• RedSparrows 2 Sep 2013 22:17:19 22,061 posts
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    Communism has had an immense draw for many people over the past 150 years. It does offer some good things, and historically has done so. However, historically speaking, it has also offered horror and pain: see China, USSR. So has capitalism, but in a different sense: I'm not sure anyone has really fully catalogued and analysed the way capitalism deals with/out the negatives (for there must be negatives). We have a lot of stuff published about US iniquity and the history of particular capitalist societies, but perhaps no systemic one - not that I know of. The efforts I am most sympathetic with are from those who wanted socialism, of a sort, but utterly rejected the polity that was the USSR, and turned their backs on Wall St.

    /romantic

    Edited by RedSparrows at 22:18:05 02-09-2013
  • Deleted user 3 September 2013 09:10:16
    I'm inclined to agree with Isaiah Berlin, to be honest.
    I would not treat the opinion of a refugee of the Russian Revolution as remotely objective on the USSR, not matter how intelligent he may seem.

    I'm referring to the massive welfare spending.


    The chart might be a little difficult to read due to the small print, but the first line indicates that expenditure on social protection as a percentage of GDP was relatively unchanged in the EU between 2001 and 2008 (26.6% and 26.4% respectively), and in the eurozone it rose slightly, (from 26.8% to 27.5%) - arguably the result of an ageing population. I would not call that a 'massive spending spree' - at least not on welfare.

    Indeed, it is doubtful whether this spending has actually kept pace with the EU's growing elderly population...

    It has the same legal effect as ratification.
    'The advantages of waiting until a state ratifies a treaty before it becomes a binding document are basically twofold, internal and external. In the latter case, the delay between signature and ratification may often be advantageous in allowing extra time for consideration, once the negotiating process has been completed. But it is the internal aspects that are the most important, for they reflect the change in political atmosphere... By providing for ratification, the feelings of public opinion have an opportunity to be expressed with the possibility that a strong negative reaction may result in the state deciding not to ratify the treaty under consideration.' (Malcolm N. Shaw, International Law, page 640).
  • Whizzo 3 Sep 2013 09:18:43 43,036 posts
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    Meanwhile, in the Middle East...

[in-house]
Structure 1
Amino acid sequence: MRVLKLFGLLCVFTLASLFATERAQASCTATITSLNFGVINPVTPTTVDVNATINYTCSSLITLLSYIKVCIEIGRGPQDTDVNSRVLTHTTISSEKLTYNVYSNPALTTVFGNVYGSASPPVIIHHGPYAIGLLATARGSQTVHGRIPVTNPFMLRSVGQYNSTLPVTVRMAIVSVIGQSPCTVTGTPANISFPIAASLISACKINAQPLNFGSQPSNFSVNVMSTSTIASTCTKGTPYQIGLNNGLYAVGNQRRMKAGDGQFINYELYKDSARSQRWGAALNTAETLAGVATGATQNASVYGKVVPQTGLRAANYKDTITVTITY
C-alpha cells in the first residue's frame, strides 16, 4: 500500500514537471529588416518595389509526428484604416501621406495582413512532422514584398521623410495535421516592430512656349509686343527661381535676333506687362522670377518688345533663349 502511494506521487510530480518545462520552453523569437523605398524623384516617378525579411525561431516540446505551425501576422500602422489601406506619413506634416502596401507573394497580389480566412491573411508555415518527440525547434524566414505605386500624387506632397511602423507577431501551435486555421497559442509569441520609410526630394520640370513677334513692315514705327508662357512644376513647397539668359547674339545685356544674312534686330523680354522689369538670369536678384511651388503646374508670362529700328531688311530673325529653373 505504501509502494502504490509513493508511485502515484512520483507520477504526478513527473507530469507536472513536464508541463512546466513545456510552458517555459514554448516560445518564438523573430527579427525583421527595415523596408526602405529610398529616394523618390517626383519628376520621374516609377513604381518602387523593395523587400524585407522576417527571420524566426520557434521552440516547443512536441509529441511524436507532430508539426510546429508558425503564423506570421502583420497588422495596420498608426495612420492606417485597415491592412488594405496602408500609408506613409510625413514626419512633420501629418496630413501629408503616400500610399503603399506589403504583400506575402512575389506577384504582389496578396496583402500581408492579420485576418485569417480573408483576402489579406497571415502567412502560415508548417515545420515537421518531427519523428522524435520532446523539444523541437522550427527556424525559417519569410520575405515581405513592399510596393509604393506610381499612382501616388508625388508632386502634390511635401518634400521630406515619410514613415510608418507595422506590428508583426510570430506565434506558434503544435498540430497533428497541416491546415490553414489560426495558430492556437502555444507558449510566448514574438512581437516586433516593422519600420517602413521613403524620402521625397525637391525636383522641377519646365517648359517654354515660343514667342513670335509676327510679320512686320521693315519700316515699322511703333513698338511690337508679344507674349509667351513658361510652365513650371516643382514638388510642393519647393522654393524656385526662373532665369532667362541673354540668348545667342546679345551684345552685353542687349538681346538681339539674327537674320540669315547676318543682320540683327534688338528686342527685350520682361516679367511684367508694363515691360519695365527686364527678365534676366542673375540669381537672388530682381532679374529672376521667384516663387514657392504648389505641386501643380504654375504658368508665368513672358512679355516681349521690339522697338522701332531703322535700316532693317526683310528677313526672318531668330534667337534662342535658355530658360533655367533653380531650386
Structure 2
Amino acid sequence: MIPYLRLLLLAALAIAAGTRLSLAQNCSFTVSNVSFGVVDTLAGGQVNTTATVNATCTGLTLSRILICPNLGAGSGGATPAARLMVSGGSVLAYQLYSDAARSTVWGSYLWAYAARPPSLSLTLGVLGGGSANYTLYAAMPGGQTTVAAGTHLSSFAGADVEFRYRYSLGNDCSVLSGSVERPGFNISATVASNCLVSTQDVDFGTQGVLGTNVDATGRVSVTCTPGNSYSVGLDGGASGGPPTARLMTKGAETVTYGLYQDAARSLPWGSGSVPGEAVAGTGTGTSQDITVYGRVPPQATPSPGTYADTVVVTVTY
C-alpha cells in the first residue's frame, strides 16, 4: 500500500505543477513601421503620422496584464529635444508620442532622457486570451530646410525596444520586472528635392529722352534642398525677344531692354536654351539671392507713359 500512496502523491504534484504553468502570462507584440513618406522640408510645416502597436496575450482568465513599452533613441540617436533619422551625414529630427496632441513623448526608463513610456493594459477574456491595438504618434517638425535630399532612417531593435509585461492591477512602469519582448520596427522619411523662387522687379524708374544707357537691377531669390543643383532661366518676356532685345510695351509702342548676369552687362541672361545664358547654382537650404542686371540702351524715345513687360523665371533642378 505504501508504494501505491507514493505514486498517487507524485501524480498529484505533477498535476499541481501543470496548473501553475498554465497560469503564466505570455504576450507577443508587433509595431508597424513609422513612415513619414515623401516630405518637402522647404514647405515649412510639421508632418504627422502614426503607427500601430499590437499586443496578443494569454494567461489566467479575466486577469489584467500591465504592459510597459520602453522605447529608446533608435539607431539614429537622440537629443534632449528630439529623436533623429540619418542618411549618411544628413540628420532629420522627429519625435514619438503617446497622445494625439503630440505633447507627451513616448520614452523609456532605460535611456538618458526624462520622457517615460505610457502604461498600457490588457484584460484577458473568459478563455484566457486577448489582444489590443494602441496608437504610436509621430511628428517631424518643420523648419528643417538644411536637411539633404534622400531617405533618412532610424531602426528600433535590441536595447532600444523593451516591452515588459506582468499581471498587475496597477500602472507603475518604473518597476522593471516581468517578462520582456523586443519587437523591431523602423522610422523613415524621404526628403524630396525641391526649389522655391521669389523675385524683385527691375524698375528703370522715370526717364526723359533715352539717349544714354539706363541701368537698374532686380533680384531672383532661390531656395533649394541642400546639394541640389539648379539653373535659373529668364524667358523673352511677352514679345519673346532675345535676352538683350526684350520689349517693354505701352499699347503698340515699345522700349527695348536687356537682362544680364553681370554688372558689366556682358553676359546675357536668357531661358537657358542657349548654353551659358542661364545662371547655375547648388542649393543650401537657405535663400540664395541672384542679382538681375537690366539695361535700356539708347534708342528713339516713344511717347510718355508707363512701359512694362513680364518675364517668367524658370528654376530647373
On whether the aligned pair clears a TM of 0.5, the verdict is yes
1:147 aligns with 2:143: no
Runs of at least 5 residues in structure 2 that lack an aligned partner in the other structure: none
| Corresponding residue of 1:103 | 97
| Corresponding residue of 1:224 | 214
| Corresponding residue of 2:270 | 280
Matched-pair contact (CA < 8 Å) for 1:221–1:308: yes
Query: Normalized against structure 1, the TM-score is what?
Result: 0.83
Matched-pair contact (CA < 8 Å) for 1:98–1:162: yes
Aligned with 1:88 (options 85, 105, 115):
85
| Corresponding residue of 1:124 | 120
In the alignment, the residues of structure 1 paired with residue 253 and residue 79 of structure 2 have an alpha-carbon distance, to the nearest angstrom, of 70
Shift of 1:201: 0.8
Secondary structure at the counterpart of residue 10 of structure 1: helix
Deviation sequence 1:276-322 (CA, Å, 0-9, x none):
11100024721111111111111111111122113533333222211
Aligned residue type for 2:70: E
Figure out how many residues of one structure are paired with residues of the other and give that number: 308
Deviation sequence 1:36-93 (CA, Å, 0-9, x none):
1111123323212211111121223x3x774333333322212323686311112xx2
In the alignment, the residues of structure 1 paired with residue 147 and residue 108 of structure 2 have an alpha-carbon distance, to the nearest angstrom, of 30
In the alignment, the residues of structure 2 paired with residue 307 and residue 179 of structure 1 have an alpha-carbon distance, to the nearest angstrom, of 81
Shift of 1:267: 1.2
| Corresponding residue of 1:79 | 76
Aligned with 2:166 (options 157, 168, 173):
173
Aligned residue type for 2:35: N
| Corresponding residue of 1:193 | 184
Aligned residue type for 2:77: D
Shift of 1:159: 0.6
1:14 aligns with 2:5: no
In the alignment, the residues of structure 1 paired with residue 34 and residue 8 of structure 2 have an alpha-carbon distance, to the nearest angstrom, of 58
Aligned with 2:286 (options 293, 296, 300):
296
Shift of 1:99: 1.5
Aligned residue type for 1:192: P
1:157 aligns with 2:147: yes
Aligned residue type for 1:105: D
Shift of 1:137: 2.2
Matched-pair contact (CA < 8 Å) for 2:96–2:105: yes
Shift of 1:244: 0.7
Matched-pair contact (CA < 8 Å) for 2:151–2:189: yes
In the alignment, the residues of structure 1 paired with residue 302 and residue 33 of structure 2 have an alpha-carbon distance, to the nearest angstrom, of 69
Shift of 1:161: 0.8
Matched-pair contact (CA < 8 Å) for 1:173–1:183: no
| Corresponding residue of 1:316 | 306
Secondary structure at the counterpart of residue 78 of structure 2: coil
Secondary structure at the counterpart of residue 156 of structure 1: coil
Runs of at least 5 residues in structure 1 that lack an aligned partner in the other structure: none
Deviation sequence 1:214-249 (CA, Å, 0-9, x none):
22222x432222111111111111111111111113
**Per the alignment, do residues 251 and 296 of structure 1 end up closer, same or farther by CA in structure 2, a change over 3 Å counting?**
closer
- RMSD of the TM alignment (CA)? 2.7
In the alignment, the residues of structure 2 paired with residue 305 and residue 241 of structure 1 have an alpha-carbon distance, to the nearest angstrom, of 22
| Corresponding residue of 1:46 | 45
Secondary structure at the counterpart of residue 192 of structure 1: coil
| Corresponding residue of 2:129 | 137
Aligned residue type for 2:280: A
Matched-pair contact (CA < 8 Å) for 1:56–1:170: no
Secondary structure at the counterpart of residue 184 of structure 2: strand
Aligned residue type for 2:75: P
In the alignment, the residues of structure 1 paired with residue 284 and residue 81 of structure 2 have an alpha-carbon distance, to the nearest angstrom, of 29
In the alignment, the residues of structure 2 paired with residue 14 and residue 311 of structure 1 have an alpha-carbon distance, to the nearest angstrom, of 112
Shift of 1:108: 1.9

This space left intentionally blank.

  • Deleted user 3 September 2013 09:19:10
    The chart above comes from Eurostat.
  • RedSparrows 3 Sep 2013 10:01:58 22,061 posts
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    EndlessSolitude wrote:
    I'm inclined to agree with Isaiah Berlin, to be honest.
    I would not treat the opinion of a refugee of the Russian Revolution as remotely objective on the USSR, not matter how intelligent he may seem.

    I'm referring to the massive welfare spending.


    The chart might be a little difficult to read due to the small print, but the first line indicates that expenditure on social protection as a percentage of GDP was relatively unchanged in the EU between 2001 and 2008 (26.6% and 26.4% respectively), and in the eurozone it rose slightly, (from 26.8% to 27.5%) - arguably the result of an ageing population. I would not call that a 'massive spending spree' - at least not on welfare.

    Indeed, it is doubtful whether this spending has actually kept pace with the EU's growing elderly population...

    It has the same legal effect as ratification.
    'The advantages of waiting until a state ratifies a treaty before it becomes a binding document are basically twofold, internal and external. In the latter case, the delay between signature and ratification may often be advantageous in allowing extra time for consideration, once the negotiating process has been completed. But it is the internal aspects that are the most important, for they reflect the change in political atmosphere... By providing for ratification, the feelings of public opinion have an opportunity to be expressed with the possibility that a strong negative reaction may result in the state deciding not to ratify the treaty under consideration.' (Malcolm N. Shaw, International Law, page 640).
    I never said he was objective (who is, in regards to the USSR), but he knew his shit.

    You are correct that the USSR had extensive, and for the time, radically progressive social policies. This did lead to an enormous rise in literacy, in the reduction of communicable diseases, in social mobility (of a sort). From 1920-1939, the country was industrialised, to an extent, primarily from 1928 onwards: this meant it could resist the fascist assault. The value placed on the arts was immense - writers, artists and other creators were helped, nurtured and rewarded for their work. In science and design, Soviet scientists pushed the boundaries back: Gagarin being perhaps the tip of that spear. It is true, at the same time, that the 'West' (let's say Europe and the USA) have been guilty of underinvestment/moral bankruptcy (although comparisons between Europe and the USA surely show an enormous cultural difference within the apparently monolithic 'West') in certain areas of social spending, and each country of that bloc is guilty of many crimes, against their own people, and others.